More than 700 international participants in online mode and about 150 in person at the hybrid Future Factory this September 2021. Where world-class experts and business representatives from across the package printing community talked about the future in Milan.

Like all of us who came to say goodbye for the first time after the very long period of physical distance suffered by people and companies, Andrea Briganti, director of Acimga (the association of Italian printing and converting machinery manufacturers, which organized the event) was emotional in his opening speech.

He introduced the busy program of an event that has changed its name, from Print4All Conference to Future Factory, although it remains the main stage in the run-up to the Print4All trade fair that finally looms on the horizon at Fiera Milano-Rho from 3 to 6 May 2022.

The new title is intended to underline the collective nature of this well-established event, which engages the entire production-consumption chain of printed packaging to think about what the factory of the future means. A new type of manufacturing, stressed the director of Acimga, which develops under the banner of disruptive phenomena such as the new instances of sustainability, servitization, automation 4.0, ethics of relationships, balances to be invented between smart working and that direct relationship between people “which represents one of the competitive advantages of the Italian system” and recalls the centrality of man in any model of economic activity.

The Future Factory, said the director of Acimga, has the objective of creating a culture in the sector, offering the printed product community (packaging dominates but is not the only one) evolutionary scenarios and information on how companies and institutions are designing change and consequently orienting their own concrete development: in R&D orientations, in business organization models, in the relationship between production and finance, distribution and consumers, private and institutions.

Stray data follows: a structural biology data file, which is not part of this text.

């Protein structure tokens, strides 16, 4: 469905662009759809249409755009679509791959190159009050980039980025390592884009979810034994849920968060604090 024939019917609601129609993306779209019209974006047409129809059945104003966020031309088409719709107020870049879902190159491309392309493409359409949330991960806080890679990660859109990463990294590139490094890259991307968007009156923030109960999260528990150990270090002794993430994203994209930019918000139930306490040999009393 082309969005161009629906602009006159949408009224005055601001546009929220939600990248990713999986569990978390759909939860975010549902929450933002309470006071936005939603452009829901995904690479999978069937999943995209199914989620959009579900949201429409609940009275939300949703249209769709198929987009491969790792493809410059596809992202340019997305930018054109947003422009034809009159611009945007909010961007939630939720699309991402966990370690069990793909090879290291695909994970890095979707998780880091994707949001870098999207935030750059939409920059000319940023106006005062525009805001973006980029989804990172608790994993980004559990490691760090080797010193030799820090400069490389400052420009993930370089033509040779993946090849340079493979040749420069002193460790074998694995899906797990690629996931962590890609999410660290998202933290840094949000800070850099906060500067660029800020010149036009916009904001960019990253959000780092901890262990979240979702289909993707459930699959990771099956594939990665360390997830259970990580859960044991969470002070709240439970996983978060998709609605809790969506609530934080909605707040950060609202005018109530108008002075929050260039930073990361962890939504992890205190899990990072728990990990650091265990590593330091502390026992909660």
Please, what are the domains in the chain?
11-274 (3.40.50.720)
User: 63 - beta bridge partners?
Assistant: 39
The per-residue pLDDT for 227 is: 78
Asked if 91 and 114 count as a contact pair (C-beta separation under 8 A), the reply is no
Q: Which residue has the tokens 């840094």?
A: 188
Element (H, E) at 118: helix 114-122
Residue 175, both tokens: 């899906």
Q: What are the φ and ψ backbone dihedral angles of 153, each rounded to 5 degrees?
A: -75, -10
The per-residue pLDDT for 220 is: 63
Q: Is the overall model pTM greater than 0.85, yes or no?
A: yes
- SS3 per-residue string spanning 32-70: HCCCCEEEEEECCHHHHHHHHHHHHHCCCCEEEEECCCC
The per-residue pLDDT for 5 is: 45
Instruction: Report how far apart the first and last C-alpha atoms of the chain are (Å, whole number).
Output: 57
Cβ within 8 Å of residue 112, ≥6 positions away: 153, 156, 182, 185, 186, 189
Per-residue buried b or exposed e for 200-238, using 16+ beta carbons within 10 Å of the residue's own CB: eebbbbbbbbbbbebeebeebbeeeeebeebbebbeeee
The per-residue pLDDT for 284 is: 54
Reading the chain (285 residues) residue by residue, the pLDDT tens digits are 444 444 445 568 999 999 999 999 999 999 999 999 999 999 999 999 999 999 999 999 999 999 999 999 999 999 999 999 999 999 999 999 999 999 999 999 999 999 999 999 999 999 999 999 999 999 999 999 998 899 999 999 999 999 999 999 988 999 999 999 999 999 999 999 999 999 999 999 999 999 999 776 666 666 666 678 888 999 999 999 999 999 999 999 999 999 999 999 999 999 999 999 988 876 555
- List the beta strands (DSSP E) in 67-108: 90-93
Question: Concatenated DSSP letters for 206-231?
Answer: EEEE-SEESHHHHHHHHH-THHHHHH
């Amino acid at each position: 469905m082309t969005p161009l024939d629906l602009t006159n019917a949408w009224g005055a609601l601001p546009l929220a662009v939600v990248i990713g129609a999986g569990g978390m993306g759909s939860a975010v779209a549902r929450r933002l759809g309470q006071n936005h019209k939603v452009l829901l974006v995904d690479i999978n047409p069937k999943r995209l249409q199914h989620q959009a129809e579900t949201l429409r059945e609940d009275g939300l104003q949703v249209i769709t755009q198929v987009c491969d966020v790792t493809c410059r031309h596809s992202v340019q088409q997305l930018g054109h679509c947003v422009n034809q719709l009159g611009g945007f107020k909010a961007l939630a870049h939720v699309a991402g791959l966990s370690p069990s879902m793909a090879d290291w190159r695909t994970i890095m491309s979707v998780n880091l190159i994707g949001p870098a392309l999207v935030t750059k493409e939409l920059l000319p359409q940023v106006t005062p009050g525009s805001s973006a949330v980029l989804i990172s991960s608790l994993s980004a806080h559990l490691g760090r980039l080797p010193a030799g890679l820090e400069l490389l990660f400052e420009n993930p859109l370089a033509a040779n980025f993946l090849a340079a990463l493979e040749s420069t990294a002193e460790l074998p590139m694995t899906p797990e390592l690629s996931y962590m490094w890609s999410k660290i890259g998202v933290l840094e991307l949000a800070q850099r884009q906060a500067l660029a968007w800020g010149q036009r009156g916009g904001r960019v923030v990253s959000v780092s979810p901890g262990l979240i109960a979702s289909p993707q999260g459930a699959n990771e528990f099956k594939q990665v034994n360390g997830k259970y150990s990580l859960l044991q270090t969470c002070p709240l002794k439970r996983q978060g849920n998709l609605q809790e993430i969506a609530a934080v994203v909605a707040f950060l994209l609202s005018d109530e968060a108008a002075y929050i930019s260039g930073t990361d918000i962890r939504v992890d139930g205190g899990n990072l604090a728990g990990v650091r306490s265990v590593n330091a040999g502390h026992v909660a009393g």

A development that even brings into play relations between competitors, as indicated in the course of bilateral meetings between Italy and Germany promoted by the Italian Ministry of Foreign Affairs and International Cooperation in collaboration with the German Ministry of Economy and Energy. It was launched first of all in our printing and converting supply chain last April during virtual drupa, and renewed during this Future Factory, personally introduced by Manlio Di Stefano, Undersecretary of State for Foreign Affairs.

Here the comparison on market trends and value between Acimga and VDMA – the two main world exporters of graphic technologies – prepares an alliance that will take shape in the participation in international trade fairs (first of all Print4All). Thanks to this path, the exhibition will not only be an exhibition of strength and technology but also an affirmation of those common values and priorities, precisely those that emerged during the conference in the multiple interview conducted by Matteo Bordone: ecological transition, collaboration between companies, generational opening, disruptive use of digital technology, great attention to the many faces of packaging….

From the abstract to the concrete

During Future Factory, international “gurus”, sociologists of the market and panels of companies took turns to give life to dense round tables moderated by Armando Garosci and Matteo Bordone.